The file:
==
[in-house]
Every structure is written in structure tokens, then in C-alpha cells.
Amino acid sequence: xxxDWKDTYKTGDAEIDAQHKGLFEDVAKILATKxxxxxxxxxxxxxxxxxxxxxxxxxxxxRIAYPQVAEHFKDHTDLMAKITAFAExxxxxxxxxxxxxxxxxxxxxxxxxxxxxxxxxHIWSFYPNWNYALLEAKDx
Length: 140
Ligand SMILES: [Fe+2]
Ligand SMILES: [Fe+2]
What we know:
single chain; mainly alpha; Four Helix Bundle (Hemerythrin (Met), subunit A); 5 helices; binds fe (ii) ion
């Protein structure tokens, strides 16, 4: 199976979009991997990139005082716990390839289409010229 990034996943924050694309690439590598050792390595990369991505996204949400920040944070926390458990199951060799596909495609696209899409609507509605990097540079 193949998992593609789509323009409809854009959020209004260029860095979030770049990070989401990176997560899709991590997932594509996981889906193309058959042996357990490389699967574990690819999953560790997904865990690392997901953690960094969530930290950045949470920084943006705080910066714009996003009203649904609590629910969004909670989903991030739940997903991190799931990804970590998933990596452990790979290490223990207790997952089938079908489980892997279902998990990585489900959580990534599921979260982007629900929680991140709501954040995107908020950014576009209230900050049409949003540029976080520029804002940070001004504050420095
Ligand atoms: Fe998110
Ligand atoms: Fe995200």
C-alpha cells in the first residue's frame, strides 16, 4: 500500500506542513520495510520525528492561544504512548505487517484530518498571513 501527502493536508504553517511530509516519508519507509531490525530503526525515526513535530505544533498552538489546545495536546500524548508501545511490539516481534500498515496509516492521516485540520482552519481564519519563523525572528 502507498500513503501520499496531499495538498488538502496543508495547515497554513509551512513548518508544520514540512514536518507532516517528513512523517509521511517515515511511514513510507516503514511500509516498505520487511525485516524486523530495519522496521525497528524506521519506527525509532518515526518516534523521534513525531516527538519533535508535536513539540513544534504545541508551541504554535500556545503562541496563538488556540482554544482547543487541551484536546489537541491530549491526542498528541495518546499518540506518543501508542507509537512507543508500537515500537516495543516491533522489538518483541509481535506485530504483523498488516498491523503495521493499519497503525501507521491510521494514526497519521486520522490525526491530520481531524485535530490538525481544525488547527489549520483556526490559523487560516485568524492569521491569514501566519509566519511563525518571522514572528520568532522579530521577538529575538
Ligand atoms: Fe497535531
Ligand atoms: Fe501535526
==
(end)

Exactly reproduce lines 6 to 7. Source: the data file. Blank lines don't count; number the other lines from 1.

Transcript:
Ligand SMILES: [Fe+2]
What we know: